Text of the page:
This Oklahoma Man Strangled His Fishing Buddy To Death — And Blamed It On Bigfoot

Published July 13, 2022
Updated July 14, 2022

Larry Sanders told police he killed his friend Jimmy Knighten because Knighten had threatened to "summon" Bigfoot.

Larry Sanders

Oklahoma State Bureau of Investigation/FacebookPolice arrested Larry Sanders for first-degree murder.

On July 9, Larry Sanders and his friend Jimmy Knighten set out to do some noodling — bare-handed catfishing — in Oklahoma’s South Canadian River. But their friendly outing turned fatal when Sanders suddenly lashed out and killed Knighten, allegedly because Knighten had threatened to “summon” Bigfoot.

According to a statement posted by the Oklahoma State Bureau of Investigation (OSBI) on Facebook, a confrontation ensued between the two men while they were fishing. “Sanders reported striking and strangling Knighten,” OSBI wrote.

And it all, apparently, had to do with Knighten’s threat to “summon” Bigfoot. Special Agent Justin Brown wrote that Sanders feared that Knighten “intended to feed him to sasquatch/Bigfoot,” according to The Oklahoman.

“Larry advised he believed Jimmy was trying to get away from him so that the sasquatch could eat Larry,” Brown explained. “Larry would not let Jimmy get away. Larry punched Jimmy and struck Jimmy with a stick. Larry and Jimmy fought for an extended amount of time on the ground.”

Brown then added: “Larry confirmed he killed Jimmy by choking him to death near the river.”

Canadian River

United States Geological SurveyA section of the Canadian River in Oklahoma.

After Sanders allegedly killed Knighten, The Oklahoman reports, he went home and told his daughter what had happened. Sanders seemed “frantic” and told her he’d killed Knighten because Knighten tried to feed him to Bigfoot, a story he repeated to her boyfriend, who is also Knighten’s son.

According to the Daily Beast, Sanders was initially arrested on an outstanding warrant while police searched for Knighten’s body in the river.

“You still have to prove all the elements of the crime, and what the suspect is telling you, you have to prove that that’s actually what happened,” the local sheriff, John Christian, explained, according to the Daily Beast.

The Oklahoman reports that Sanders cooperated with the police and even drew a map to help investigators locate Knighten’s body.

“The area is very wooded; there’s a lot of small brush and large trees,” Christian said, according to Newsweek. “It was a difficult search to conduct and a large area to search.”

But, roughly 24 hours after Sanders allegedly killed Knighten, investigators came across Knighten’s remains. They then charged Sanders with his murder. Christian believes that Sanders “appeared to be under the influence of something,” when he killed Knighten, which Newsweek reports was likely methamphetamine (though no blood tests were taken).

Indeed, Sanders had run into trouble with the law because of drugs before. The Oklahoman reports that he had two outstanding warrants related to unpaid fines in two drug-related cases, and was put on five-year probation in 2019 after he brought methamphetamine to jail after being arrested for public intoxication.

For now, Sanders has been charged with first-degree murder and booked into jail. A medical examiner will additionally inspect Knighten’s remains to determine a cause of death.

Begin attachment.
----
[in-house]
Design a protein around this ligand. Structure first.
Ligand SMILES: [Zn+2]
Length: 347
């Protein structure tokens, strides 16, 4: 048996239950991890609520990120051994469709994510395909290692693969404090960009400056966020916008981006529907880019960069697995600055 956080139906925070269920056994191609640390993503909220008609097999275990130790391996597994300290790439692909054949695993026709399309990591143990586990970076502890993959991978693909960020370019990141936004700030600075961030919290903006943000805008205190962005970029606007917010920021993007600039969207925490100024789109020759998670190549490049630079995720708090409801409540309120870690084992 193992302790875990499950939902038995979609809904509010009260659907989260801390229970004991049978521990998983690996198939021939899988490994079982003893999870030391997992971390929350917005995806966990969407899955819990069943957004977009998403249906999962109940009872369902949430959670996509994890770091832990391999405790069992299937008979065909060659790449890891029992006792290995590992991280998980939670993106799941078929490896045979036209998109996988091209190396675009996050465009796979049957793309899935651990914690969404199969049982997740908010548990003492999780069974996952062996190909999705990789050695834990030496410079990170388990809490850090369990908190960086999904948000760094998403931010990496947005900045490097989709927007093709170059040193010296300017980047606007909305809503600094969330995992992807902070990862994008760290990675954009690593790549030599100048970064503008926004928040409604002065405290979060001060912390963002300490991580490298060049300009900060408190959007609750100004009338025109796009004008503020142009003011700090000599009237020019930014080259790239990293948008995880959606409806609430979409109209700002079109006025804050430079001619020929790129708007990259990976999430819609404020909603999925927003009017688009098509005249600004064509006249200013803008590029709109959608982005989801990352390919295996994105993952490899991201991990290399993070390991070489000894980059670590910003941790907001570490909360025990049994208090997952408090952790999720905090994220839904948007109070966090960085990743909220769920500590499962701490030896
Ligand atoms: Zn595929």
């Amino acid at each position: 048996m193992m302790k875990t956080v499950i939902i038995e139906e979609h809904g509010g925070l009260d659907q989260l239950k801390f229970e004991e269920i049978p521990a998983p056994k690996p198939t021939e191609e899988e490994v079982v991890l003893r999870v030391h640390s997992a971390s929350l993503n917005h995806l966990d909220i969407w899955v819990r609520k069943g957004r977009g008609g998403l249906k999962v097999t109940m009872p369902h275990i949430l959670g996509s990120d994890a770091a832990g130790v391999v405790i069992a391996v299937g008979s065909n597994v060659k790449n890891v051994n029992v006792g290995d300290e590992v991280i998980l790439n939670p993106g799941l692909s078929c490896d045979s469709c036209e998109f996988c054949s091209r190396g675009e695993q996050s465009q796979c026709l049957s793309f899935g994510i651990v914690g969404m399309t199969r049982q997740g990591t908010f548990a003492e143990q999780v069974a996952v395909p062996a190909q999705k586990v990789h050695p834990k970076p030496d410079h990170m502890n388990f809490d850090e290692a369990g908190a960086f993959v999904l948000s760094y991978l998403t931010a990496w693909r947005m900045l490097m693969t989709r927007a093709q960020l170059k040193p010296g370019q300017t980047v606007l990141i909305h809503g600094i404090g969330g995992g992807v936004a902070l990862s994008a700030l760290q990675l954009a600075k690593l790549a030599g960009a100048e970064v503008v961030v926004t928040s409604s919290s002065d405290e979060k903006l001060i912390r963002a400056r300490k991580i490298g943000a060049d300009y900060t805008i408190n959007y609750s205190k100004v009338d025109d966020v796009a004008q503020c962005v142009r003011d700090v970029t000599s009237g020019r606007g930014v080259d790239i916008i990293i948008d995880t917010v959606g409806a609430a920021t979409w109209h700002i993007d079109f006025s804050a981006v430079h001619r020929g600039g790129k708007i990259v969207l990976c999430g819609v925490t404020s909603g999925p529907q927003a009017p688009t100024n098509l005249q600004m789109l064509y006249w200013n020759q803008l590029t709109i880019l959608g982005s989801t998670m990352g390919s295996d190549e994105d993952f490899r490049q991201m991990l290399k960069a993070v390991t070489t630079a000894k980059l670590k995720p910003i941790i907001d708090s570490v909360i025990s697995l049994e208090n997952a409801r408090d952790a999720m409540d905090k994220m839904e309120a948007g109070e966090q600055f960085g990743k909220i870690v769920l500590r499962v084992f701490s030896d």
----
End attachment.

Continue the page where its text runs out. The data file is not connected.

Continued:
So far, no one has reported any additional Bigfoot sightings in the area.

Bigfoot Still

TwitterA still from the famous 1967 Patterson-Gimlin video, which purports to have recorded Bigfoot in the wild.

The mythical creature is most commonly “sighted” on the West Coast, with Washington state, Oregon, and California reporting the most sightings, according to The Bigfoot Field Researchers Organization (BFRO).

That said, sightings of Bigfoot have been reported in the southern United States as well. In 2019, a group of Bigfoot believers claimed to have spotted — and photographed — the elusive cryptid in North Carolina.

In Oklahoma, there was even a push to open a “Bigfoot hunting season.” State legislator Justin Humphrey suggested the idea in 2021, noting: “I have some people that I know that are good, solid people who I will guarantee you 100-percent have said they have had experience with Bigfoot. So, I know there are people out there that you will not convince that Bigfoot doesn’t exist.”

He added: “You can have a license. You can get out there and hunt this thing. I want to be really clear that we are not going to kill Bigfoot. We are going to trap a live Bigfoot. We are not promoting killing Bigfoot. We are promoting hunting Bigfoot, trying to find evidence of Bigfoot.”

Though Humphrey’s idea fizzled into nothing, whether or not Bigfoot exists is in the eye of the beholder. Larry Sanders, apparently, believed the legend.

After reading about the murder allegedly caused by Bigfoot, look through these astonishing Bigfoot facts. Or, quell your doubts about the famous cryptid by learning about these Bigfoot sightings.

Kaleena Fraga
A staff writer for All That's Interesting, Kaleena Fraga has also had her work featured in The Washington Post and Gastro Obscura, and she published a book on the Seattle food scene for the Eat Like A Local series. She graduated from Oberlin College, where she earned a dual degree in American History and French.
Jaclyn Anglis
Jaclyn is the senior managing editor at All That's Interesting. She holds a Master's degree in journalism from the City University of New York and a Bachelor's degree in English writing and history (double major) from DePauw University. She is interested in American history, true crime, modern history, pop culture, and science.
Cite This Article
Fraga, Kaleena. "This Oklahoma Man Strangled His Fishing Buddy To Death — And Blamed It On Bigfoot.", July 13, 2022, Accessed April 18, 2024.